Famous Swiss Tape Recorder Brand To Re-introduce Reel-to-Reel Analog Recorder! (NOT)

Not allowed to divulge the brand name but a famous Swiss company renowned for its pro audio and semi-pro reel to reel tape decks will begin again next year manufacturing a reel-to-reel tape deck! As unlikely as has been the vinyl resurgence, this news is even more unlikely, yet it is happening.

Why? Because of increased demand for reel-to-reel playback and the willingness of record labels to license titles for reissue on 15IPS 1/2 track 10" reel tape.

These tape sets are very expensive yet the demand grows. The tapes shown here are the Oscar Peterson set also reissued on a six LP set mastered from analog tape by the appropriately named AAA label in Germany. The recordings were originally produced by the well-regarded MPS label that recorded many jazz greats during the 1960s and beyond.

A spokesperson at the booth selling the sets (or at this point taking orders) said the demand has far exceeded the company's expectations and based upon it, it expects to dig deeply into the MPS catalog for future tape releases. Getting raw tape is "no problem" he told me, because someone had bought BASF's tape manufacturing equipment in the "unlikely" event what has happened might happen.

Tullman's picture

I wonder if BASF will be able to produce 2" recording tape.

J.D.'s picture

Nagra, Studer, Stellavox ..... ?
All swiss analog tape names.
Can anyone narrow this down ?

csmalak's picture

Has to be Nagra given pro-audio hint, and they have a semi-pro R2R in their current product line as well.

volvic's picture

Time to take the plunge and finally get that Tandberg reel to reel.

Bruce in PA's picture

Can these be ordered from the US?

Bruce in PA's picture


rdh79730's picture

After getting back into vinyl a decade ago, I decided that I needed a way to make mixes of all my one-hit-wonder albums. Remembering my dad's broken Tandberg R2R that sat in my closet through highschool and college, I jumped into tape. Love my Pioneer reel. Great for parties. Plus, who didn't love making mix tapes back in the cassette days? I made a mix special for my wife with songs she loves.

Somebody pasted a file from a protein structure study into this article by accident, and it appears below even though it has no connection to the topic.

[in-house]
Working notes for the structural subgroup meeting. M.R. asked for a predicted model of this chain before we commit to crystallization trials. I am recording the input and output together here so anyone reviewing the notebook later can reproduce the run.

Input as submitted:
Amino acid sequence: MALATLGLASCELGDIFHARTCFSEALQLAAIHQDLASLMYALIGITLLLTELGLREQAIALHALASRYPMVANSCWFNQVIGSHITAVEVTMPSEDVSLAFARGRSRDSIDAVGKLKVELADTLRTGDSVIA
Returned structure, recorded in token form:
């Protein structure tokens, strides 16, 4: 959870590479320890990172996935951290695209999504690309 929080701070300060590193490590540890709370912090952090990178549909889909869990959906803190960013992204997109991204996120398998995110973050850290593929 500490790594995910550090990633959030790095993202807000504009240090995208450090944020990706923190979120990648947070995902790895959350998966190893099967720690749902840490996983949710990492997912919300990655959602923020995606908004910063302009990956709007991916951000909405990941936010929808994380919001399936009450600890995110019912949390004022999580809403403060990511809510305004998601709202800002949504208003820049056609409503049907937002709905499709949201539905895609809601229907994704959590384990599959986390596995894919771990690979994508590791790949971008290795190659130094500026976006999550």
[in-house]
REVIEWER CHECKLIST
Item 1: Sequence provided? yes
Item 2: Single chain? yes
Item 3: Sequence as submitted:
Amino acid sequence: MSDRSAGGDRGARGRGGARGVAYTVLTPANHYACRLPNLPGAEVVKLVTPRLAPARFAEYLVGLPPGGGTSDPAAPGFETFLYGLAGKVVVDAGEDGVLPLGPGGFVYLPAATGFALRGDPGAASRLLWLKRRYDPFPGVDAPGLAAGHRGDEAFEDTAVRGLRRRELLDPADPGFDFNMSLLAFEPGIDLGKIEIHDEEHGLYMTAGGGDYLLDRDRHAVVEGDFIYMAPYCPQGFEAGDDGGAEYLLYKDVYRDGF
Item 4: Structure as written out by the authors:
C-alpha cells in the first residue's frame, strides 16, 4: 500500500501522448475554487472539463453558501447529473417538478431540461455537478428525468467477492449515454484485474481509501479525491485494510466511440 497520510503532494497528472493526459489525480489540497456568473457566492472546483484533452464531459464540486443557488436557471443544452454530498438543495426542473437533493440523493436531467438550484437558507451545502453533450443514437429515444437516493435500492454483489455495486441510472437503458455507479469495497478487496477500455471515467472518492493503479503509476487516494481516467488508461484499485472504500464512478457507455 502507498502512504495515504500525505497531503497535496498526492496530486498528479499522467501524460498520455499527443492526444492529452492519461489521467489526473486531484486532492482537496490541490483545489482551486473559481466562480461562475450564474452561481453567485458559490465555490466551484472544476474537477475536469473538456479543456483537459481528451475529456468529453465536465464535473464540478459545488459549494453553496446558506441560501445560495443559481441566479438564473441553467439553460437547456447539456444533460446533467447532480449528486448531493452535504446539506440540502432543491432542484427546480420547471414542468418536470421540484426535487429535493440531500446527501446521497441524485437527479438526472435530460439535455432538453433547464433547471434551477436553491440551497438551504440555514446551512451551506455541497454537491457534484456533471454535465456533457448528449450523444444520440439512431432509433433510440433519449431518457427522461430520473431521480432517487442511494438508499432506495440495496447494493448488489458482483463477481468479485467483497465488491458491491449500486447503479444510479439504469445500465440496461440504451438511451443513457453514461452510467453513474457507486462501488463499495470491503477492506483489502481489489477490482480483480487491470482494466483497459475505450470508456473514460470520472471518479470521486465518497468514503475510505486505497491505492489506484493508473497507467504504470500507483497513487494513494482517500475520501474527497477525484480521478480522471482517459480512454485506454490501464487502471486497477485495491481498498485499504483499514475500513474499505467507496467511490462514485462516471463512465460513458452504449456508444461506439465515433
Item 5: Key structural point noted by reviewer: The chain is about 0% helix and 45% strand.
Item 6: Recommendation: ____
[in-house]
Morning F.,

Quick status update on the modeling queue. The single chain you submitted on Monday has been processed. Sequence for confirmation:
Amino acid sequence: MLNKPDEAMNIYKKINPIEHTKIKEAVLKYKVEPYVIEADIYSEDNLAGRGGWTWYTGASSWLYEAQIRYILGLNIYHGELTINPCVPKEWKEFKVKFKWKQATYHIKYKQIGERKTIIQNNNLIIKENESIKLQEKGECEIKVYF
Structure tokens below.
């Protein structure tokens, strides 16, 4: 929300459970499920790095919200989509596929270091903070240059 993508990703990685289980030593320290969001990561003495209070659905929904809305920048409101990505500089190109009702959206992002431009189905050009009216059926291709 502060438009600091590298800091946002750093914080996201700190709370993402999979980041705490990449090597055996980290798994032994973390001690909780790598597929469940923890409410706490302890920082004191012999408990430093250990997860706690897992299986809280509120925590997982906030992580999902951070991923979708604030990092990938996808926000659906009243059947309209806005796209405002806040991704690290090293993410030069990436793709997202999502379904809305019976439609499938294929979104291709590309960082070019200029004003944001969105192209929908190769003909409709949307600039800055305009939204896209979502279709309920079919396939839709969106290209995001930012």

Rsandru's picture

As the proud owner of a Studer A812 reel to reel I can only salute this initiative!

However there's nothing mysterious about someone buying the BASF process 'just in case'. All of us tape nutters are already buying fresh tape from ATR and RMGI (Pyral) since quite some time.

Just search for it at any decent online store and you shall find!

wao62's picture

Hope it will come in quarter track configuration so that one can play all those commercially produced titles that came out in the 60's & early 70's!

labjr's picture

How is the generation loss of tape vs the record making process?

Considering the delicate state of so many old master tapes, and even the priceless value of them, I can't imagine anyone using the originals to dub copies over and over. They don't even like to do it to cut lacquer masters. So that leaves a digital process in between or two generations of tape loss. What's the point?

Bigrasshopper's picture

That's a good point. I don't really see the point of a vinyl resergance unless the entire analog process is revived for new recordings. How lasting can a trend be when it's reduced to mocking a form that is only 180 grams deep. It ain't the real deal and if hybridization is "the future" then that convenience will be heard and only hasten the full resurgence of analog, which is happening. It is real. I am " pulled in " by magnetic attraction, not by convincing displays of musical statistics. Numbers are models of reality. They are stand-ins.

TommyTunes's picture

As a person who just got done spending 9K refurbishing and modifying an Otari and adding an outboard head amp and who already owns Tascam and Revox decks, there is just way to little available on tape. Sure it sounds great but the catalog is none existent.

soundman45's picture

My guess would be Studer. They have not produced an analog machine in quite some time, and they were the last ones to produce
a 24 track analog deck that's in demand.

Jim Tavegia's picture

The sad part is I'm sure none of them will be affordable so I'll have to be content to start my own recording at 24/192 and maybe some native DSD with a Tascam unit for all of $999.00 It's too bad as it would have been fun, but to do R2R right but it cannot be cheap.

dhyman's picture

"analog planet" is broader than vinyl and will cover this analog excitement as it develops. my hold back from the tape project has been lack of content.

J.D.'s picture

Couple of good reasons for Open Reel...